Listed Yorkshire mansion that Charlotte Bronte loved to visit has been 'left to rot'

A petition has been launched to re-open a former museum in West Yorkshire that has links to Charlotte Bronte.

Red House in Gomersal
Red House in Gomersal

The Red House Museum in Gomersal was once the family home of one of Charlotte Bronte's schoolfriends and the author was a regular visitor to the house. Charlotte met Mary Taylor, a cloth manufacturer's daughter, at Roe Head School in Mirfield, and she based her novel Shirley on the 17th-century property and its beautiful gardens, which she saw as a contrast to her own family's parsonage in Haworth.

Kirklees Council ran the house as a museum from 1969 until 2016, when cuts to cultural services forced its closure. The building has been empty ever since and is up for sale.

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Norton Conyers: The Yorkshire house that inspired Charlotte Bronte to write Jane EyreNow a group of supporters are campaigning for it to be given back to the community and re-opened.

Charlotte Bronte was a regular visitor to the Red House when the Taylor family lived there

A petition launched to reinstate a Community Bid to Buy clause has gained around 2,000 signatures and needs 3,000 to trigger a council debate about the Grade II-listed building's future.

Local residents claim that Red House has been 'left to rot' since its closure and that the grounds have become overgrown. The site is still maintained by Kirklees Council.

One of those campaigning to bring Red House back into use is Caroline Goodwill, of Cleckheaton.

"We want it back in the community - there is so much heritage. It has links with Charlotte Bronte, with the Luddites, with the Wesleyan Methodists - they all visited the Red House. Charlotte loved to go there, and it was sort of the other side of the coin for her. If Red House was anywhere else, it would be valued, but here it has been left to rot."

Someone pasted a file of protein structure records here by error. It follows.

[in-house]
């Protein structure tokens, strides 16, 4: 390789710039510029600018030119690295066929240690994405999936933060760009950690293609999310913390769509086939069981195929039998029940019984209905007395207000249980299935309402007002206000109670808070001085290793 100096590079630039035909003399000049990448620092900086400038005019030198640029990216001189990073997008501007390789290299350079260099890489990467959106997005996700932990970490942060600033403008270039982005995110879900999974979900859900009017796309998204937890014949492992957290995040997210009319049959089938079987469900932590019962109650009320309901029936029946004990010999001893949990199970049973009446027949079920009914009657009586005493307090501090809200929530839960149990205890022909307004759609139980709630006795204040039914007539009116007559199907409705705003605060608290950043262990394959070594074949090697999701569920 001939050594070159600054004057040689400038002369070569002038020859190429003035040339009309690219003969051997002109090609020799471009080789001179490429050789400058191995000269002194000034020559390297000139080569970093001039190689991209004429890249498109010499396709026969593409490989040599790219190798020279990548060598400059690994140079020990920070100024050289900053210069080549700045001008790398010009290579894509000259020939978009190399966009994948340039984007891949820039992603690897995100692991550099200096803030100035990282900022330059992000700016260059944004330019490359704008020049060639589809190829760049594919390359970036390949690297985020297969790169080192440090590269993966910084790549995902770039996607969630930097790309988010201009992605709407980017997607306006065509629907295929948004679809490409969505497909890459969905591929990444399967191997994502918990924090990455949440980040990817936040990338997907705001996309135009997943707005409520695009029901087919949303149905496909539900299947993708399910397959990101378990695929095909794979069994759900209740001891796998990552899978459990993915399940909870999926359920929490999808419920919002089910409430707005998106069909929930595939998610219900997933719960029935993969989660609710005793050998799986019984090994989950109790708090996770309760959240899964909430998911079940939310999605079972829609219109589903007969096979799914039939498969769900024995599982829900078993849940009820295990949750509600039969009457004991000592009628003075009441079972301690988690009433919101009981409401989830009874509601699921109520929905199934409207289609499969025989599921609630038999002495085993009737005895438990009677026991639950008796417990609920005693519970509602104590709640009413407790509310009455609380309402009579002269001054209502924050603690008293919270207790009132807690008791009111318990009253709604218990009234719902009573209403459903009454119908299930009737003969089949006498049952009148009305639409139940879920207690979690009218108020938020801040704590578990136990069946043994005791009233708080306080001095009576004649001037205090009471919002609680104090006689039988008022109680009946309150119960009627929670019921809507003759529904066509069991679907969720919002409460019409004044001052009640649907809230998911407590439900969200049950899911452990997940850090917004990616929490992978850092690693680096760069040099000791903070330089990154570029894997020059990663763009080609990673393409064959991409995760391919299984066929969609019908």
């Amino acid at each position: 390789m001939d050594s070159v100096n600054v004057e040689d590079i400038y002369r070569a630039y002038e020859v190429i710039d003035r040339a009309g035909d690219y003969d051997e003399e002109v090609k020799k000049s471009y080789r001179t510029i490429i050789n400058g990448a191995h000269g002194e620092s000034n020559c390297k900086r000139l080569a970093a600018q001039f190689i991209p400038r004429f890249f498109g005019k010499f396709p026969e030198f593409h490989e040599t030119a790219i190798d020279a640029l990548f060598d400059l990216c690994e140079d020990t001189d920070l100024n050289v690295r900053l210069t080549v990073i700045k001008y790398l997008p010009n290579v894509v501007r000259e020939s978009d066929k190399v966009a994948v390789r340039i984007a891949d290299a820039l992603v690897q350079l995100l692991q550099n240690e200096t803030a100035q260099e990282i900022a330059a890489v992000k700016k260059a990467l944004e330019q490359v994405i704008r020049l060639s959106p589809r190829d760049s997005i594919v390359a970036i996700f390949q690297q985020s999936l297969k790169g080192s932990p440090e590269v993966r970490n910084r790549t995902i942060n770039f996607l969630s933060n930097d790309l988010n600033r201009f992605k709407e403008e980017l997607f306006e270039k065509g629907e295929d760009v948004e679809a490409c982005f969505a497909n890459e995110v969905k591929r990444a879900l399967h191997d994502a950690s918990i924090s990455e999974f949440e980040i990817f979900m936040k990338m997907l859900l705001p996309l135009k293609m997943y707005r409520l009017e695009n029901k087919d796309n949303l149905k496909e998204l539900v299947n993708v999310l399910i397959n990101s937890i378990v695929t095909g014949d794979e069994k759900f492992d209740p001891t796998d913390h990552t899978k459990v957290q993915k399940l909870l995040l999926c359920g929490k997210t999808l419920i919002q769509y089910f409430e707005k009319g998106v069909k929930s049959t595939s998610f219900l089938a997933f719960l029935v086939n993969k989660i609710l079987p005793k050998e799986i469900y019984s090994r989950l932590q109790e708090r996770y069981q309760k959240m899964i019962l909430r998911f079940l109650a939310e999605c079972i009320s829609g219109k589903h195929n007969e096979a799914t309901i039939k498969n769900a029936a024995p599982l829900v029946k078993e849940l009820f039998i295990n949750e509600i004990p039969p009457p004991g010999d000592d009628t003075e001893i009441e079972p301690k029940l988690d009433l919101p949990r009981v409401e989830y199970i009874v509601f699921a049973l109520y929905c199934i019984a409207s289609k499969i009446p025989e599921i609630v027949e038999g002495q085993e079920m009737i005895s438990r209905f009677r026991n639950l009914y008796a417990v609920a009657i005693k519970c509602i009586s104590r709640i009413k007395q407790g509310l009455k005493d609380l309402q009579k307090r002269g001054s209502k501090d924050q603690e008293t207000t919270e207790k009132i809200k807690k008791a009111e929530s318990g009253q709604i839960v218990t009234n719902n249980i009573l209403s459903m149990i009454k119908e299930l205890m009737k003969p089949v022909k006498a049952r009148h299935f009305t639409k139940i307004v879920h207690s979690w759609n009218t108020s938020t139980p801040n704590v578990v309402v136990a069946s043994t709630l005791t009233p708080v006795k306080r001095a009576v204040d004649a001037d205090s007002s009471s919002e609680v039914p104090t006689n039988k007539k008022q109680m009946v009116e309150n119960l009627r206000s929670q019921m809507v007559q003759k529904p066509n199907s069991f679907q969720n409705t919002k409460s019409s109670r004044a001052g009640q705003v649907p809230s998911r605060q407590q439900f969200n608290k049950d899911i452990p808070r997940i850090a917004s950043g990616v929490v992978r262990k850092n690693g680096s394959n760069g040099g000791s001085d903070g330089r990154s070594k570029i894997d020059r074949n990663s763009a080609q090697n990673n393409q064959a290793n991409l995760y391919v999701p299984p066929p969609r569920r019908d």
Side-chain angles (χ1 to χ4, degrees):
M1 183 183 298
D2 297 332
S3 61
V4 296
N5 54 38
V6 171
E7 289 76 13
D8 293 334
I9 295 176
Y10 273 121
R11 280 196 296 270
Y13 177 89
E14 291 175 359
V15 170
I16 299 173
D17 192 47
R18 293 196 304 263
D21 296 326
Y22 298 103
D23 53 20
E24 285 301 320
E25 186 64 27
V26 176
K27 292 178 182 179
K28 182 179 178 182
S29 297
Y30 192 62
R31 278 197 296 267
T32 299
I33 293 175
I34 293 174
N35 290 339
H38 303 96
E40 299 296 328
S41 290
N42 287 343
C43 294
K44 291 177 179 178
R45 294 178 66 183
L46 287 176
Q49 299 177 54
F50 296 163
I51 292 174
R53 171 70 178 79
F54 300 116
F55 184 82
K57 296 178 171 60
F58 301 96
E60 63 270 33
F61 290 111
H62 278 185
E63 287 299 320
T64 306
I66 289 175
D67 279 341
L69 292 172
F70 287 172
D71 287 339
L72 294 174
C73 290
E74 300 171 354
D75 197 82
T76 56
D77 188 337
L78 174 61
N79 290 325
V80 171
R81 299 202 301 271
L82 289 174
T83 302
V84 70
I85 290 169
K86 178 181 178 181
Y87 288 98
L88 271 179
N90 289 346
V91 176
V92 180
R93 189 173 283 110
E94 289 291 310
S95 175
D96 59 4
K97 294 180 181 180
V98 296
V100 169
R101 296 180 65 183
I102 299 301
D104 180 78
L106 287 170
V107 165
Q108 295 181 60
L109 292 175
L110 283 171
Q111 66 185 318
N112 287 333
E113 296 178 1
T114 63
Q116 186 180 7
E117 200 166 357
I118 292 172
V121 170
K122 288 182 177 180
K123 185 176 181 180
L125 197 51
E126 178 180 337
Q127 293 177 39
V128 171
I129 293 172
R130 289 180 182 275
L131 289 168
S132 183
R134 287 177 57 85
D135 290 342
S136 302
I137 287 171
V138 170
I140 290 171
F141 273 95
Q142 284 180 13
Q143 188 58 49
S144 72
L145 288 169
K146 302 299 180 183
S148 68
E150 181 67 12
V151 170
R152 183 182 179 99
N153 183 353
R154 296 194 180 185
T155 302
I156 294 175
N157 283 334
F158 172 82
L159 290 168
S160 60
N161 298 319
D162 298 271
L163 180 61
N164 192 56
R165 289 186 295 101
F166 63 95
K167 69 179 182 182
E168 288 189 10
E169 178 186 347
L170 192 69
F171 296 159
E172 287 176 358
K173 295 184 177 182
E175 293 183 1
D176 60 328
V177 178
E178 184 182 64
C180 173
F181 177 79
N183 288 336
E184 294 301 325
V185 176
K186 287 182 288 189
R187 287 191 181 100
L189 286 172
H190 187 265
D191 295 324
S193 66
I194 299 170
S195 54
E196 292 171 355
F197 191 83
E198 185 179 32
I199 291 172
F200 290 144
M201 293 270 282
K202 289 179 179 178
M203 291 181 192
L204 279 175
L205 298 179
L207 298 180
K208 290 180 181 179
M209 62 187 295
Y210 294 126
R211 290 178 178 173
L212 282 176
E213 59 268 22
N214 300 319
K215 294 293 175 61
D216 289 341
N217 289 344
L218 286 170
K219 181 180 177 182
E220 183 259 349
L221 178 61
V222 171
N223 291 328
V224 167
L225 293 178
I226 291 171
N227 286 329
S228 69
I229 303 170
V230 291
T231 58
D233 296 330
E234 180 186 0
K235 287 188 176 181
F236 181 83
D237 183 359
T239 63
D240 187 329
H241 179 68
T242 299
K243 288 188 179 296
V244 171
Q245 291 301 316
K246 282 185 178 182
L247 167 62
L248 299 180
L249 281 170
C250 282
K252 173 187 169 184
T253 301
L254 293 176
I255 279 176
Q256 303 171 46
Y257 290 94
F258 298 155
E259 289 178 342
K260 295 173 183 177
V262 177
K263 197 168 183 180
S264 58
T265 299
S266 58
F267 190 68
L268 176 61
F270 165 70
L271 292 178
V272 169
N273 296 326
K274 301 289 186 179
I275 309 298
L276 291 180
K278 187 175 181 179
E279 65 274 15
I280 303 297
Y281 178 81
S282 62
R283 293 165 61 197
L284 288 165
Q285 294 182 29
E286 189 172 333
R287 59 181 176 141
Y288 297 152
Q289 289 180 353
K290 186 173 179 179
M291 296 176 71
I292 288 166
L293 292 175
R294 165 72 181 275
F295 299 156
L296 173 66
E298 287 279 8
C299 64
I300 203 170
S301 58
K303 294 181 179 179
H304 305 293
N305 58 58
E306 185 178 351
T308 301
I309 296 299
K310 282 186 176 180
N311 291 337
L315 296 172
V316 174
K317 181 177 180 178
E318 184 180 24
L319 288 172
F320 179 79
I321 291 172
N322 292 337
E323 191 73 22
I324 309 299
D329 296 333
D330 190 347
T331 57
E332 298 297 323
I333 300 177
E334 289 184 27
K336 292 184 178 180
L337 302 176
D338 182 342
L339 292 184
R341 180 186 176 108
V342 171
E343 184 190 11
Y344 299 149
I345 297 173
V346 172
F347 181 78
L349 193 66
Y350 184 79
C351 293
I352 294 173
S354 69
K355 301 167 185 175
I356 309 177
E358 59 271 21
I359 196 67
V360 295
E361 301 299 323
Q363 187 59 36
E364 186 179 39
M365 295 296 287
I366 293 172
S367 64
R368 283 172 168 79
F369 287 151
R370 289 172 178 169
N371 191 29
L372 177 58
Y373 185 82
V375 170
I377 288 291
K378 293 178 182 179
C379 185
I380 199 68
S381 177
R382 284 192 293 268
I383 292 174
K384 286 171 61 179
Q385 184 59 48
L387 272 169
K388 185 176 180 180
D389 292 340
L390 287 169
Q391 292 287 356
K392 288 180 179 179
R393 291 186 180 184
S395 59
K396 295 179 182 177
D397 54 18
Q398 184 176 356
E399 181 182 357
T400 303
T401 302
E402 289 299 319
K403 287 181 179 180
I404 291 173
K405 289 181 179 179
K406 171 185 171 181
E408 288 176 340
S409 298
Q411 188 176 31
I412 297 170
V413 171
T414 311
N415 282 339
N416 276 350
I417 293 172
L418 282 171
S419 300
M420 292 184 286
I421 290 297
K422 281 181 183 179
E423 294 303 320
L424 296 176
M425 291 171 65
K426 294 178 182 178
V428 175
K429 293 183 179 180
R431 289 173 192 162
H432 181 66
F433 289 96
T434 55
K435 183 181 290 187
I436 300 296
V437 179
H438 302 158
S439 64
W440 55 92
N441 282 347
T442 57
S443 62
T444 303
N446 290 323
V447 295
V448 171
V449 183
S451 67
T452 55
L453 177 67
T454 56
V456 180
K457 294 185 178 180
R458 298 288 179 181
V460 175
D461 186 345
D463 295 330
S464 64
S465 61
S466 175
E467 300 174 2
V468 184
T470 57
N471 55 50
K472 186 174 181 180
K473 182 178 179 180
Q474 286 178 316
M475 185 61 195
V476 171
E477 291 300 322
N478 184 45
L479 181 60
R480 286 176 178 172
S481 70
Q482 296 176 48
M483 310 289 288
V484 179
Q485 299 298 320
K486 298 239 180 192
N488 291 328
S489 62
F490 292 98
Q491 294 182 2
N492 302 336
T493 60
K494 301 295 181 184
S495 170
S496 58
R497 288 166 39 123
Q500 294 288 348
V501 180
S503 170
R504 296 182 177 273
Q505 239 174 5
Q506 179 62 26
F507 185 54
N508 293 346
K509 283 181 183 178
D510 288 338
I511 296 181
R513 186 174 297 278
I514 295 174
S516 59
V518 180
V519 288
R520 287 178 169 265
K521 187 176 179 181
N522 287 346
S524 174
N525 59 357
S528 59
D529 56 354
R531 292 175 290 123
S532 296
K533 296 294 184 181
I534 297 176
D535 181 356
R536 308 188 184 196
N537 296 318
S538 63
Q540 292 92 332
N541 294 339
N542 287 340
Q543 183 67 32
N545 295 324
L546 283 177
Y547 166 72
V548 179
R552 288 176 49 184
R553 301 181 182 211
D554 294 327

Ponden Hall - the house that was the inspiration for Wuthering Heights - is for saleThe group hope to raise money via literary societies, cultural grants and public fundraising to re-open the attraction, which Caroline believes has potential to become a wedding venue. Their members include a former curator who worked at the museum.

"There is so much that can be done with the Red House," added Caroline.

After its closure, Kirklees Council made the building available as part of a community asset transfer, but then turned down three bids from volunteer groups who wished to run it, claiming they were unsuitable. It is now for sale on the open market.

It was later revealed that in the year following its closure, the council had spent around £30,000 on maintaining the site - almost as much as it had cost them to operate it as a visitor attraction.

They also admitted to using property guardians, who pay an affordable rental fee to live in empty buildings to deter vandalism and squatting.

This is why the Bronte sisters died so youngA Kirklees Council spokesperson said:

“The closure of Red House Museum is part of our plans to improve and transform Kirklees Council’s Museums and Galleries offer for modern day audiences. We also could not afford to keep this building open as it was operating at a significant loss.

“We always look to work with our communities to deliver the best solution. That’s why we initially asked local groups interested in taking over the building in a community asset transfer to come forward, but none of the three bids we received were suitable.

“We’re in the process of putting the site on the open market. We will work to ensure that this historic site goes to someone who can deliver a suitable and sustainable long-term future for it.”